Small/young puppies need to be crated while you are gone, for safety reasons if nothing else. Unless you completely puppy-proof your home/room, you may in the very least come home to chewed electrical cords, pens, furniture or even walls! Cords obviously pose a dangerous problem, and anything small presents a huge choking hazard.
What is Separation Anxiety?
Before losing your temper, look at this from their perspective. Unless you train them, a dog isn’t going to understand why he is being caged, or why you are leaving. Are you angry with them? Will you ever come back to them? Will you still be angry when and if you return? How will they ever find food or survive at all if they can’t get out of this prison?
- In an attempt to ‘escape’ to their owners, dogs will sometimes try and dig or claw at the home entrance- sometimes causing a lot of damage.
Separation anxiety is ‘usually’ the reason why a dog owner might return to torn pillows, a scratched up door, or other extreme household damage. If that owner happens to become angry with their pet for something that may have happened hours ago (which they often do), the dog won’t understand and the separation anxiety will only build.
What Not to Do
Usually curing a case of separation anxiety is often only a matter of time, knowledge and patience, dog owners sometimes do things they think may help their lonely dog or improve the situation, with only the best intentions, but actually make matters worse.
Don’t Punish Your Dog. Dogs can sometimes cause a lot of potentially expensive damage while owners are out. Of course, it is only human nature to become upset when arriving home to a mess. Most owners naturally think dogs are like children and will understand the punishments they receive.
The truth is, dogs very rarely understand these situations like human children would, and don’t rationalize like people do. They are more likely to think something in the outside environment made their owners upset, only enforcing anxious feelings the next time the owner leaves.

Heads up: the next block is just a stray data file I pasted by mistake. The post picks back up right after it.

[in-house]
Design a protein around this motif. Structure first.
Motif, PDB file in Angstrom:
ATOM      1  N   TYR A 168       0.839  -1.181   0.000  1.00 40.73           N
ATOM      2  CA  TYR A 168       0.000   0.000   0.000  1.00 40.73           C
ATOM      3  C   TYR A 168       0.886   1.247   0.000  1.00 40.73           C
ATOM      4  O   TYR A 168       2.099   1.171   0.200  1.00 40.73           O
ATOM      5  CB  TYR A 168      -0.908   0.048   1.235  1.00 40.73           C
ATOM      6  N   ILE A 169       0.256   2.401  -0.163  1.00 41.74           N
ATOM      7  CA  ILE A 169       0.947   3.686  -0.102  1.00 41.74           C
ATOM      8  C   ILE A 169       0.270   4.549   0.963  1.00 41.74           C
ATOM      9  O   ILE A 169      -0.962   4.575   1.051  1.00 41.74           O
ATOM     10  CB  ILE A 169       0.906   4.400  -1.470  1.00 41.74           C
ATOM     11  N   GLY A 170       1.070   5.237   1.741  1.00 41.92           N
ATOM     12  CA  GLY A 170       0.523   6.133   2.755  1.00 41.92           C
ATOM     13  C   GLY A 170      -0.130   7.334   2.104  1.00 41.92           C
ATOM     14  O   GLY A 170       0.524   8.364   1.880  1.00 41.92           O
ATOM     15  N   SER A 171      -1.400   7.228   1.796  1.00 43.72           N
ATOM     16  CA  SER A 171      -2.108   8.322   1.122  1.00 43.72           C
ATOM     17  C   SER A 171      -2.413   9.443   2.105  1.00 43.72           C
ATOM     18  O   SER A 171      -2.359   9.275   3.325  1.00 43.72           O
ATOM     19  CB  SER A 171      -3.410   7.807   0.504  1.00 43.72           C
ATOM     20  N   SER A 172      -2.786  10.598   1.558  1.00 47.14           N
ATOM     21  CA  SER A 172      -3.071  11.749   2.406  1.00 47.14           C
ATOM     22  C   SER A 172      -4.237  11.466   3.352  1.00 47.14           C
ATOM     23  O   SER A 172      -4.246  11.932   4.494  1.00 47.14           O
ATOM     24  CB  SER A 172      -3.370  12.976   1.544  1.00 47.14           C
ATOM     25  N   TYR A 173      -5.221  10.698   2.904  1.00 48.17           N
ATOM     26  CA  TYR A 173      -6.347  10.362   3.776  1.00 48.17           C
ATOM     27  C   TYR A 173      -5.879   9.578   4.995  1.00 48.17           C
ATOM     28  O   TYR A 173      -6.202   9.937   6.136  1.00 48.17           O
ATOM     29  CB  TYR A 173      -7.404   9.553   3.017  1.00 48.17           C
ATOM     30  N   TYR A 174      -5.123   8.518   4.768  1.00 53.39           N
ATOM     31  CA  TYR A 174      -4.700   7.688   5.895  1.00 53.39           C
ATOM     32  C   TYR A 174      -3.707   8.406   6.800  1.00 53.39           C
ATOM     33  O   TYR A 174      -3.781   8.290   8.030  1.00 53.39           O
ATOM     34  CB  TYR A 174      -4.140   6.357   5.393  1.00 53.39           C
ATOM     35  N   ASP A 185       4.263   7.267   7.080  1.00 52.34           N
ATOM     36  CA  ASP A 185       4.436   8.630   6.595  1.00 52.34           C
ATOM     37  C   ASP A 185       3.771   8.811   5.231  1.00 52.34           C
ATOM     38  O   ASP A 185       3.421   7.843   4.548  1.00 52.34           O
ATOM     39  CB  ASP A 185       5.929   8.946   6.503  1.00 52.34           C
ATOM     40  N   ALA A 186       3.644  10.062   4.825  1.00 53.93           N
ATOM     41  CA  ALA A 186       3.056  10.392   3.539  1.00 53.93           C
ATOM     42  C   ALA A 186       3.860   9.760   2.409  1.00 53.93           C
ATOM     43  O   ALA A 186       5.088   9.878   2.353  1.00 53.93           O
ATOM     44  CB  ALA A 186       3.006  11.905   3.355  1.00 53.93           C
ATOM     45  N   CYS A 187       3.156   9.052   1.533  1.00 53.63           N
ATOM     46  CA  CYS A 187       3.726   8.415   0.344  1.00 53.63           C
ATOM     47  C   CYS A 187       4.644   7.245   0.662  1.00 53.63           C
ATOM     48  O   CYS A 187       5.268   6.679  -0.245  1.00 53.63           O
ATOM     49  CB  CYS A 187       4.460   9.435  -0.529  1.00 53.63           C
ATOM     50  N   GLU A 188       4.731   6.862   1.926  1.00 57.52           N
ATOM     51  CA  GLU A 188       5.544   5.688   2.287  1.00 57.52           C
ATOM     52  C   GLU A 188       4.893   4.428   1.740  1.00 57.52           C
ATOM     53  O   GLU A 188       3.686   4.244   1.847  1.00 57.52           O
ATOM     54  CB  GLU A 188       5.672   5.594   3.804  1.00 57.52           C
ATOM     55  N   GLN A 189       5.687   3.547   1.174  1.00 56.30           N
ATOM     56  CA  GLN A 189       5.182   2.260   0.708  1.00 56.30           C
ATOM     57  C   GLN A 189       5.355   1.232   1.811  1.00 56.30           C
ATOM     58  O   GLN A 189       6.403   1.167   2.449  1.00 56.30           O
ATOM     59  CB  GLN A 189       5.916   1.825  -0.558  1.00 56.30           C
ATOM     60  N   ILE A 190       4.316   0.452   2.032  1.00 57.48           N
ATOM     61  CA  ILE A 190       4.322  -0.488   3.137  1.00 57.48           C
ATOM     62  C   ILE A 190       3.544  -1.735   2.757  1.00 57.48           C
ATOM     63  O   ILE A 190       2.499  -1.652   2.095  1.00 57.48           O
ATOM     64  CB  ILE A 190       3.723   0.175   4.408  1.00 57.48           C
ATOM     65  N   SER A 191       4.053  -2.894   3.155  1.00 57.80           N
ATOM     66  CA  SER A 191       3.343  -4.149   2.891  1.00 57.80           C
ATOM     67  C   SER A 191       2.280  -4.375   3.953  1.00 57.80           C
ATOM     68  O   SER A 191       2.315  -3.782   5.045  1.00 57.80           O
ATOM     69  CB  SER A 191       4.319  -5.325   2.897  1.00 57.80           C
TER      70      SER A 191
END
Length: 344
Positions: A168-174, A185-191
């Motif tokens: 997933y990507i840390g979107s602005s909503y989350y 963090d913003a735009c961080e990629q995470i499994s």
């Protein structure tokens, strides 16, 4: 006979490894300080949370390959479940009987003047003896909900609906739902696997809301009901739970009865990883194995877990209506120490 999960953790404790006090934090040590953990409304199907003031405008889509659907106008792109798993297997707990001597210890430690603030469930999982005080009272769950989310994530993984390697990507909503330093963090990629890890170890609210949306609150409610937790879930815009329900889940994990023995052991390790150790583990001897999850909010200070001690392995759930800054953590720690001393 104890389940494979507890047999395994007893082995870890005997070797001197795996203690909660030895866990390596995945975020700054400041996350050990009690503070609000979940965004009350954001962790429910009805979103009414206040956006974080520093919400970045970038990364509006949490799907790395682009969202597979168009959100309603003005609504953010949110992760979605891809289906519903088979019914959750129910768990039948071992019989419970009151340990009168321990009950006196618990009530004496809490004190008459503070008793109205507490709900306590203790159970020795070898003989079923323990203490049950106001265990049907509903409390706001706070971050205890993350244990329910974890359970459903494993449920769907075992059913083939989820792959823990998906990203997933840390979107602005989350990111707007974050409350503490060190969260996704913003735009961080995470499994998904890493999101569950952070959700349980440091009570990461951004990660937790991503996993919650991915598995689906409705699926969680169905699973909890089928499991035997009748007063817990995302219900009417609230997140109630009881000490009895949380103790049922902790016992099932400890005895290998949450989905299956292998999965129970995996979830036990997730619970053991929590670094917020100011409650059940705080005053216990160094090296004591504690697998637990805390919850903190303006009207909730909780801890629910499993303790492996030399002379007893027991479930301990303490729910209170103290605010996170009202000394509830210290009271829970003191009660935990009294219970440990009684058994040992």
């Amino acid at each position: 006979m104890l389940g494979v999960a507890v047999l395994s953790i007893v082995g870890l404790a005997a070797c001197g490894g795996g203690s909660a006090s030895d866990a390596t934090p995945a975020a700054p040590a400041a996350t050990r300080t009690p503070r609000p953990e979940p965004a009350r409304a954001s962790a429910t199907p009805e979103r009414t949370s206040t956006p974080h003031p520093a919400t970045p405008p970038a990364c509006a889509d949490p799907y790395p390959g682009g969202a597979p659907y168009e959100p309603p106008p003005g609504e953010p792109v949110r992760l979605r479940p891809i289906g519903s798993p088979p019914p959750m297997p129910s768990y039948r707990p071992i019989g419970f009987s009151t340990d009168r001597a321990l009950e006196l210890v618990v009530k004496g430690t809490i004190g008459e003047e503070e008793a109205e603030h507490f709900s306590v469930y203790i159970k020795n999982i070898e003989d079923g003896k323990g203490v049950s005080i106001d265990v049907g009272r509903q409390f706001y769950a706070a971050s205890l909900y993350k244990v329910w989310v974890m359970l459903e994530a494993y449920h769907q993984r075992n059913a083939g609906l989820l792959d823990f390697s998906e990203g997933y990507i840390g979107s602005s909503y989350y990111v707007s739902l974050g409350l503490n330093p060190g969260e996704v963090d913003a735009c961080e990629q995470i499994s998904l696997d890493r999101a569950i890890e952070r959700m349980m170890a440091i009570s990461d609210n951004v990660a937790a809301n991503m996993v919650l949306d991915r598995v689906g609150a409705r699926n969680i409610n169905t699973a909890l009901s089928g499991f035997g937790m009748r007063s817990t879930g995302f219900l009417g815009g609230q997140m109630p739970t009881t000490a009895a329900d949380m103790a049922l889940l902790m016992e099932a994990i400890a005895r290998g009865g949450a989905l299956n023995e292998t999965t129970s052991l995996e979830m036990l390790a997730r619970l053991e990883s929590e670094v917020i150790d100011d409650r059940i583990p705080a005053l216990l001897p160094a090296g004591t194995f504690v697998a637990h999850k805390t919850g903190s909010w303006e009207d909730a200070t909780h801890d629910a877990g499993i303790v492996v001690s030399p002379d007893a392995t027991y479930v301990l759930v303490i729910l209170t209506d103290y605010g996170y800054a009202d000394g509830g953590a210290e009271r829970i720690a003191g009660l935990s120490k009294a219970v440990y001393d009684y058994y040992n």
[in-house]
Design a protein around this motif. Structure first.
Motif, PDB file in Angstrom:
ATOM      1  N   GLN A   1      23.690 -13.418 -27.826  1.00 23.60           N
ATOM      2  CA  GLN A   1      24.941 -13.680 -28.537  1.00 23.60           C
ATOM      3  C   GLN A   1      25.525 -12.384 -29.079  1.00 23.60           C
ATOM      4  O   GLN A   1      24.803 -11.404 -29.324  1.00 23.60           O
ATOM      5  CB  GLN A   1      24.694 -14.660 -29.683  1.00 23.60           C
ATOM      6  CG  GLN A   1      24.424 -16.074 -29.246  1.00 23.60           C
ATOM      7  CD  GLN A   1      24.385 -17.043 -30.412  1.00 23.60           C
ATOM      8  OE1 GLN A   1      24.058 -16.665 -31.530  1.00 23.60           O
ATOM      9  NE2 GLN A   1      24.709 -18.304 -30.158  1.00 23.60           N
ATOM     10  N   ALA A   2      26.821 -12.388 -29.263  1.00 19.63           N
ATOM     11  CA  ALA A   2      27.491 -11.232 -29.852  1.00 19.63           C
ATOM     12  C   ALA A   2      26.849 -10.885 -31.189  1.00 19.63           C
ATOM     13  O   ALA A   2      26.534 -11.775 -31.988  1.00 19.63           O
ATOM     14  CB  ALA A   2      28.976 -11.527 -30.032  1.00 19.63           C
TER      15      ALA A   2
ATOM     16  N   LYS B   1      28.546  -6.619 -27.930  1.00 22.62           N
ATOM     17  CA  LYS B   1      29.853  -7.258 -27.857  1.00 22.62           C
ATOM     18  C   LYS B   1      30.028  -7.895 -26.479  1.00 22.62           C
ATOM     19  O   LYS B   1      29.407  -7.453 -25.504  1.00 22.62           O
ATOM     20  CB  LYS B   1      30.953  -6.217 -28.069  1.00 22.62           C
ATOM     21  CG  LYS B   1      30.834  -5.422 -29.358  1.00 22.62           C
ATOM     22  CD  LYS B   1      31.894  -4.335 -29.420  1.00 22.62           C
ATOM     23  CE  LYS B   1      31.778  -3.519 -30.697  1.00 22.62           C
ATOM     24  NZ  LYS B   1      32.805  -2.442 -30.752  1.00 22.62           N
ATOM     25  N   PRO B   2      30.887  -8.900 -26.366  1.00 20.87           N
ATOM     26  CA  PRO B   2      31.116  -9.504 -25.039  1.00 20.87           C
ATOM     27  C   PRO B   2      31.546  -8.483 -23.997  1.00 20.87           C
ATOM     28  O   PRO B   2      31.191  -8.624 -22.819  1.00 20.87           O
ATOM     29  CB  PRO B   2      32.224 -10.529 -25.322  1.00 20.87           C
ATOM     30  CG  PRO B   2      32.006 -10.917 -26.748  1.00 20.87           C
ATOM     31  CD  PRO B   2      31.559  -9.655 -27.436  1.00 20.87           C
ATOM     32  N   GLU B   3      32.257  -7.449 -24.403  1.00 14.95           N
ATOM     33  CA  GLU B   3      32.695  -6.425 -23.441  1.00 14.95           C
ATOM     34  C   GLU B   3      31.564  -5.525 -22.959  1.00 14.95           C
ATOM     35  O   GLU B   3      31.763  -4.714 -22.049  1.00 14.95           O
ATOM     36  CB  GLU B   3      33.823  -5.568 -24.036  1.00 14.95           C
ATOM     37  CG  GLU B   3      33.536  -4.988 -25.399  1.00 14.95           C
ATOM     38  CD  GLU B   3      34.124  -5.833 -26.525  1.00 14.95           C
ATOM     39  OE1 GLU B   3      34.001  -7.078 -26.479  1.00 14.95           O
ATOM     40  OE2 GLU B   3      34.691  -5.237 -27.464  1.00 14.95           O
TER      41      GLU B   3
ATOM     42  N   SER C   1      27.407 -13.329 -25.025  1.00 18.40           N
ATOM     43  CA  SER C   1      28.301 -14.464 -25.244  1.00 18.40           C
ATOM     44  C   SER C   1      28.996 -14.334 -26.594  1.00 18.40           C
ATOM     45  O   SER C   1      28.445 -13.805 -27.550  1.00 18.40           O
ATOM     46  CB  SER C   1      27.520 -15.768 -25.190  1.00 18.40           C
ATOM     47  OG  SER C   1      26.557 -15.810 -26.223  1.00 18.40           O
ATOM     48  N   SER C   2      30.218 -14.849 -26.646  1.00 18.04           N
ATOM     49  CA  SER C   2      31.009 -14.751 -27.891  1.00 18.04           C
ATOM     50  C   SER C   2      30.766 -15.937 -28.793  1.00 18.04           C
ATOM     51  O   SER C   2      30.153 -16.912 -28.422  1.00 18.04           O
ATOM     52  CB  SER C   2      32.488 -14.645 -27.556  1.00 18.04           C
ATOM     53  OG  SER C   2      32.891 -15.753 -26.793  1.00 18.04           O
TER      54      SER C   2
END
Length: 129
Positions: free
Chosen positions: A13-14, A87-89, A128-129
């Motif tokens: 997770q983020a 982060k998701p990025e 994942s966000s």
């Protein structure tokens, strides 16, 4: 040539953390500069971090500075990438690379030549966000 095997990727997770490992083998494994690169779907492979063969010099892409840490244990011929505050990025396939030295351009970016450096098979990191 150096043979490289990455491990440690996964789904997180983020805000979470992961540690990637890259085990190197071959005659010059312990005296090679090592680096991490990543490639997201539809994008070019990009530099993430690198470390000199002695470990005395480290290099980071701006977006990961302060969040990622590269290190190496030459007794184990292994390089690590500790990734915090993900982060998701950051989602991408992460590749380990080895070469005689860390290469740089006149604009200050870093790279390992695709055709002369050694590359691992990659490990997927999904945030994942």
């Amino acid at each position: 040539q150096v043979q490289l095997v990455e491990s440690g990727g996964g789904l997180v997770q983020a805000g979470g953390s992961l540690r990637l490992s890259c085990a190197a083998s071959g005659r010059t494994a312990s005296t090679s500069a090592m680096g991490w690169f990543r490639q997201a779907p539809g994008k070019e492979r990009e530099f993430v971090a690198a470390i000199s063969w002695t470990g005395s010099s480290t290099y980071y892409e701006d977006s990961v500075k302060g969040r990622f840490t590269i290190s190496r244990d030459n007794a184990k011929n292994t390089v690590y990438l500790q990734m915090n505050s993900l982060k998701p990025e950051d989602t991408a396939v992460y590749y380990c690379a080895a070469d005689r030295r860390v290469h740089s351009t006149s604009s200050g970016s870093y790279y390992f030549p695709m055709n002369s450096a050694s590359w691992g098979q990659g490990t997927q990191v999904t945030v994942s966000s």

Consider Veterinarian Prescribed Medication
Just like a human doctor, veterinarians will often recommend mood-altering prescription medications for dogs suffering from disorders like depression or anxiety. Whereas medications might seem harsh at first, they can be much better alternatives for a depressed dog, or one so anxious he is prone to injuring himself. Training should always be your first option, but don’t discount medication for those dogs that really do need it.
What Your Dog Needs When Left Home Alone
You most likely won’t need everything on this list. Knowing what could be used and the options available to you will assist you to make a decision on what is required based on your personal situation.
When selecting a dog crate, you need to ensure it’s the right size for your dog. If it’s too big or small, then it won’t be practical or comfortable for your pooch. The crate should be just big enough for your dog to lay down, get up and turn around.
Crates which have an internal divider allow you to section off a portion of the crate to assist in potty training. This also allows them to grow without the need to buy another crate soon after.
The size of your dog pen
will be dictated by the space you have available in your house and how big your dog is. They come in a variety of sizes and materials including wood and rust-resistant wire/metal. Most dog pens will have the
Of course, food and water are the basic necessities. You may only want to feed your dog when you are home, to avoid ‘free feeding’ (some dogs will eat too much, and gain weight), but water should always be available. A sturdy water bowl is important to ensure they don’t accidentally knock it over.